06
Dec
17

Stan Getz “Reflections”

This is a 1964 Stan Getz record, with “arrangements by Claus Ogerman/Lalo Schifrin” on Verve Records—11 short songs (I wish they were all longer!)—all really nice—what would be a great make-out record, except you have to get up too often to turn it over—but that’s one of the drawbacks of records, in general, for making out. I don’t know why this made me think about making out—I was not thinking of that; I suppose it’s because there is certain evocative appeal of these songs, and these arrangements, and this playing; that tenor sax is so out front at times it’s almost obscene. Or maybe it’s the songs with the choral arrangements, that sound like a movie (some of it is, such as Charade)—from a pre-rock’n’roll corner of the Sixties—a montage with beautiful people driving in a sports car with the top down, Cary Grant with a sick tan, or maybe Tony Curtis acting semi-inappropriate.

The cover has Stan Getz (I assume; he looks like that one character actor, you know, Jimmy Stewart’s cop friend in Rear Window) lying on a hillside in a seersucker jacket, smoking a cigarette, with an expression of either cool or defeat. It looks to me like the art department blacked out the area directly behind him so he wouldn’t just blend in with the grass, but it ends up looking more like we’re seeing a cutaway of him entombed in a fairly spacious grave. If you were to interpret it that way, you might interpret his expression as “not giving a shit.” You could even imagine this cover as one of those early anti-smoking ads, except he doesn’t look miserable enough, even for a man buried alive. Seeing how the album is titled “Reflections,” I’d have to say he’s… reflecting.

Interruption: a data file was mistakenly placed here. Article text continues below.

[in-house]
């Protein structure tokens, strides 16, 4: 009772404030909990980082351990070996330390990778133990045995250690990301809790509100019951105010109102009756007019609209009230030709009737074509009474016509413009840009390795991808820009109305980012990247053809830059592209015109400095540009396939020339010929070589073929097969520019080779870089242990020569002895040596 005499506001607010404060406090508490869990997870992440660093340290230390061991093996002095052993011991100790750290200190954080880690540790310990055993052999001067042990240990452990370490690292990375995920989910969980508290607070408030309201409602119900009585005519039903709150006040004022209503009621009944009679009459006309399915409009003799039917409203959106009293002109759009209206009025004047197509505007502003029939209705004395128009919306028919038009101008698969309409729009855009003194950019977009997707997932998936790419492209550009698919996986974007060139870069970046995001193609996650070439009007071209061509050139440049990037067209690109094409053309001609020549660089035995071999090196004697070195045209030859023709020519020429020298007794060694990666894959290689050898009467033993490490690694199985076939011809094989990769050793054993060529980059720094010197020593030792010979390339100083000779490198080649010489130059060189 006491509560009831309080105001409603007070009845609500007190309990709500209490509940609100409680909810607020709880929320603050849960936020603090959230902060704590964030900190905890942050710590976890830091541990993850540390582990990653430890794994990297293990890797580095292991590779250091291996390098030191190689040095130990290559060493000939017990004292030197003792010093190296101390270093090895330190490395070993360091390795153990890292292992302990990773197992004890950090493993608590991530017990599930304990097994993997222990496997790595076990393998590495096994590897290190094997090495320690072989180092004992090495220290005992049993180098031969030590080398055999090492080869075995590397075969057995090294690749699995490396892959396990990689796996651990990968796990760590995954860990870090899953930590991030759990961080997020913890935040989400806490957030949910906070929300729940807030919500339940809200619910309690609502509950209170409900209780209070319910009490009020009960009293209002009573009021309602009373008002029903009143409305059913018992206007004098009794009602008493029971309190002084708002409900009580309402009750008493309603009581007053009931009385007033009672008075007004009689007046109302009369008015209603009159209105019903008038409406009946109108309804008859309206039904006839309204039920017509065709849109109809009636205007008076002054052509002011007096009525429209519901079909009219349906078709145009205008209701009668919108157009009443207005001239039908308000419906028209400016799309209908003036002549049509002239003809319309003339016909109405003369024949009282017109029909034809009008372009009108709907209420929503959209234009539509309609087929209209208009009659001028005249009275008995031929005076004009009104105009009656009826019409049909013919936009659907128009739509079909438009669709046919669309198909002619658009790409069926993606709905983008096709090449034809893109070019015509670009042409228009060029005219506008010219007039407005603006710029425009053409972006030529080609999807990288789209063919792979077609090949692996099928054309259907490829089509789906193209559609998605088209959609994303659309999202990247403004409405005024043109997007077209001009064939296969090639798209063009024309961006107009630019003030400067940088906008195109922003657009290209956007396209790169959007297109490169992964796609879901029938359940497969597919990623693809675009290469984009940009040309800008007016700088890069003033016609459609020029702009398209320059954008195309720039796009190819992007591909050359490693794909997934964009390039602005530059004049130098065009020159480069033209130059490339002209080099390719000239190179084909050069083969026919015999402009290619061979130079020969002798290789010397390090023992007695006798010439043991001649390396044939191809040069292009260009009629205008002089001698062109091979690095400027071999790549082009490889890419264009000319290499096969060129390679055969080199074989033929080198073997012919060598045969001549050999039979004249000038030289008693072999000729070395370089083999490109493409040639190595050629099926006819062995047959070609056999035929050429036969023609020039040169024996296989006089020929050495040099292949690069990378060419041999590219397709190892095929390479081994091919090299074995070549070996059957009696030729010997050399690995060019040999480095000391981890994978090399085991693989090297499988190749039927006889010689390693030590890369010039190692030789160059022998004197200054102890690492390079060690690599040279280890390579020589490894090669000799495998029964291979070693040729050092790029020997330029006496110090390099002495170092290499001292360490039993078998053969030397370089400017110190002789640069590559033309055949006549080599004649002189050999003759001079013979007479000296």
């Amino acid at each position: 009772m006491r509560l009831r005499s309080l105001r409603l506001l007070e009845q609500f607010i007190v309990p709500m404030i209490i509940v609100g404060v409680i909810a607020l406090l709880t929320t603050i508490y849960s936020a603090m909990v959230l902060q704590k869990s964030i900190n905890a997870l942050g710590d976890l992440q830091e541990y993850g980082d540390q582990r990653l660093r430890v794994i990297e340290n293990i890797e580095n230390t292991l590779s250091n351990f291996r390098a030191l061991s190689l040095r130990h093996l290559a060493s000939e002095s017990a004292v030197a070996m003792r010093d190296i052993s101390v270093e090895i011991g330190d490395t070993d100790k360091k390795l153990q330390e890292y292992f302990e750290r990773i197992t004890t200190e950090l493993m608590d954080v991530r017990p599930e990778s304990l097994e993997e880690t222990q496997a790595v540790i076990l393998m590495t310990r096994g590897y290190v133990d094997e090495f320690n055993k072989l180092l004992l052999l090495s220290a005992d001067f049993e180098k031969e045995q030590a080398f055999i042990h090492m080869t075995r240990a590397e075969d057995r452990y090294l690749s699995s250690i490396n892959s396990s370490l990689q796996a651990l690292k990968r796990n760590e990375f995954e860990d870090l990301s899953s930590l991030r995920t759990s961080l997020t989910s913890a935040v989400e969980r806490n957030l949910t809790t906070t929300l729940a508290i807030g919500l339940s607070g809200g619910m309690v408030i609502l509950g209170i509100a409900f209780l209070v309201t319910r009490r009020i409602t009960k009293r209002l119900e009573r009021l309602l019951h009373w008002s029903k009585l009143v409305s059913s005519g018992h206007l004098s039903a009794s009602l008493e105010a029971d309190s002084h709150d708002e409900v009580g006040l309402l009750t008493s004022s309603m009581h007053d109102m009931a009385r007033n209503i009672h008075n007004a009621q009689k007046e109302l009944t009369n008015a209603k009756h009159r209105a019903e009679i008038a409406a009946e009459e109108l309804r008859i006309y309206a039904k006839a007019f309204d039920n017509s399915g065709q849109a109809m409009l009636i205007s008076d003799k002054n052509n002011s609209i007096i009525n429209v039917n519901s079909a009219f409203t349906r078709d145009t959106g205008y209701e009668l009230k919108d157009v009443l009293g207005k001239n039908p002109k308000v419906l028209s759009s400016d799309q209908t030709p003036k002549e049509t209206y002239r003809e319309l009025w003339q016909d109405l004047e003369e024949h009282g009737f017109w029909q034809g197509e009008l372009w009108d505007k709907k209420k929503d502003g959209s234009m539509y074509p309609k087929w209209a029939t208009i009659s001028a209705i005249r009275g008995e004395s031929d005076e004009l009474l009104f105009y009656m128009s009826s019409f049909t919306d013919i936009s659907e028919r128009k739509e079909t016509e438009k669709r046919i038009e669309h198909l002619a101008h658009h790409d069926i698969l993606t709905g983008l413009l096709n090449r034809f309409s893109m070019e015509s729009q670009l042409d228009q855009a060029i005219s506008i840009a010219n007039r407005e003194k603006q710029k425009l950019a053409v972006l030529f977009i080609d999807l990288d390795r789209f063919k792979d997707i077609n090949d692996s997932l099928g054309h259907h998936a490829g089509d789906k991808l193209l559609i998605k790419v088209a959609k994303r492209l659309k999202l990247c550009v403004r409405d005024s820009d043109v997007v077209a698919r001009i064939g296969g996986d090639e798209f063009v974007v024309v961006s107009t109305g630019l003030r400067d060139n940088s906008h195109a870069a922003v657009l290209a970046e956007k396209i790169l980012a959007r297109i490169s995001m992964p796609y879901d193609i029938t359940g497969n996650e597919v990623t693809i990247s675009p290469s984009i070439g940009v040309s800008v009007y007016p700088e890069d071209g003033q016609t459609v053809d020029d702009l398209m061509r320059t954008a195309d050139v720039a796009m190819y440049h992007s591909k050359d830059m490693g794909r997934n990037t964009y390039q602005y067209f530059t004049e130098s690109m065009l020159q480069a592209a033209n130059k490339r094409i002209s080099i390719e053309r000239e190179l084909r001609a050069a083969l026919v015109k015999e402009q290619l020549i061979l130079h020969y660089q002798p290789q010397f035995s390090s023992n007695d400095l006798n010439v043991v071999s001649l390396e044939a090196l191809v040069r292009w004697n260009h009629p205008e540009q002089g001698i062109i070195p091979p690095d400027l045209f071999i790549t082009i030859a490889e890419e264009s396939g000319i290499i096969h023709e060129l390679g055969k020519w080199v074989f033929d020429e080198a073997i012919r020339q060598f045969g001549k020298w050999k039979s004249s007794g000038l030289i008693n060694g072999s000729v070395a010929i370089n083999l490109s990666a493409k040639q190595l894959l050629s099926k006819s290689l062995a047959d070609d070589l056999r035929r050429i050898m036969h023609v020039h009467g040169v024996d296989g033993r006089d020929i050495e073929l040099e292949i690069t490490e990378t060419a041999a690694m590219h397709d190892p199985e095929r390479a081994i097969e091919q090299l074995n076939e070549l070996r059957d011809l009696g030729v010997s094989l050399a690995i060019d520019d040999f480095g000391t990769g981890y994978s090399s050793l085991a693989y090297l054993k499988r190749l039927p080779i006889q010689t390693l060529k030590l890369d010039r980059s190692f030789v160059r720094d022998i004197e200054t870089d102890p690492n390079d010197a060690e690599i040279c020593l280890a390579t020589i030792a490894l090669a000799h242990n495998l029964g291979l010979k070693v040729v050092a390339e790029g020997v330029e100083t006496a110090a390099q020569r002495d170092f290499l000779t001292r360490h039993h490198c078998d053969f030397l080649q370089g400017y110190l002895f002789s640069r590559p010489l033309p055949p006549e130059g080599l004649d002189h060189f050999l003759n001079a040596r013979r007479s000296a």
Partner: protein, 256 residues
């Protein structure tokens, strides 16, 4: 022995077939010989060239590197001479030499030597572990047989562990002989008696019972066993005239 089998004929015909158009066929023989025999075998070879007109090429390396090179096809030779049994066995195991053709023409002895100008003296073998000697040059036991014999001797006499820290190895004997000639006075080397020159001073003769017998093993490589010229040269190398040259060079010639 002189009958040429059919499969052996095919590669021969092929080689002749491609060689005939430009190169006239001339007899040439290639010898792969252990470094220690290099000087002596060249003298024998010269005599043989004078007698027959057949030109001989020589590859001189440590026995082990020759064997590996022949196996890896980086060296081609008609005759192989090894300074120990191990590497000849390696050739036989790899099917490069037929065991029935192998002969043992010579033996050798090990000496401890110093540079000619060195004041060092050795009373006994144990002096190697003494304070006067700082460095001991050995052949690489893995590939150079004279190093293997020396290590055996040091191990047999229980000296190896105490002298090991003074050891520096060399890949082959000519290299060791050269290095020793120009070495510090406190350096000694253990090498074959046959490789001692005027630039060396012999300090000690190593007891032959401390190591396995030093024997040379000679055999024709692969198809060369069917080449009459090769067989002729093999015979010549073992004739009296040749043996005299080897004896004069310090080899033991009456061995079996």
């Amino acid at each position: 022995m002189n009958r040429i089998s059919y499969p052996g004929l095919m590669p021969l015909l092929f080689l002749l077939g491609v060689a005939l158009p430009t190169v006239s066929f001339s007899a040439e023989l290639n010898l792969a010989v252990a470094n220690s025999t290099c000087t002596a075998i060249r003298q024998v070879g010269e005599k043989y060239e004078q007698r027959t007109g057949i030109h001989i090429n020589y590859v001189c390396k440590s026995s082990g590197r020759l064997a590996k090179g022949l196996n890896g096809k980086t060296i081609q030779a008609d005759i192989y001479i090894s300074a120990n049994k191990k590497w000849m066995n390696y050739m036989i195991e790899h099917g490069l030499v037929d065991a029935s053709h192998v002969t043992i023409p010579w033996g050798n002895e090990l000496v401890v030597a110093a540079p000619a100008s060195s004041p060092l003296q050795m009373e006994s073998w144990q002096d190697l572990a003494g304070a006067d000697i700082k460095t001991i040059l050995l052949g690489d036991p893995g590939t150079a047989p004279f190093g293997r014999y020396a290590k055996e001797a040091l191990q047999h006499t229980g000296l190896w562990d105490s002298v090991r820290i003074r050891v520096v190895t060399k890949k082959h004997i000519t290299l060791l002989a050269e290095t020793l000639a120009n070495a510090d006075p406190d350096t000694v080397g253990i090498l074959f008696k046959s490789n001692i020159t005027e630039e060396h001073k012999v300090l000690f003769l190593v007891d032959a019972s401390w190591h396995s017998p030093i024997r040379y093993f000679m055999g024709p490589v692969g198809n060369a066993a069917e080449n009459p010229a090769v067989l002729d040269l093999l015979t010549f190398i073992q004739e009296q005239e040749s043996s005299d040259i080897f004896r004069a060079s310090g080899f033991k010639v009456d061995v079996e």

There are some serious liner notes on the back (three columns) by Jack Maher—I’d like to read it all, but maybe tomorrow after coffee. Okay, it’s now the next day. Have any of you reached the point in your life where coffee really does nothing as far as keeping you awake? I mean, it works in that it makes me feel normal, but say, to keep awake while reading three columns of text on the back of an album… no. Isn’t it great that someone would think it was cool to put three columns of text on the back of this album? I’d love to read it all, discuss it intelligently, but I don’t really feel like doing any kind of research right now. I know Lalo Schifrin from film scores, but I don’t know much else. I don’t know the Bossa Nova from a Chevy Nova, and I think the Samba is a pocket of dough, deep-fried and filled with something delicious. I read somewhere that everyone was all pissed off at Getz for “selling out” with this record—and I kind of love that idea, in its quaint sincerity—kind of like the folk people getting mad a Dylan for “going electric.” It’s a good reminder for anyone, in any time period, to step back and realize that even if you could look into the future, you have no idea just how bad things can and will get.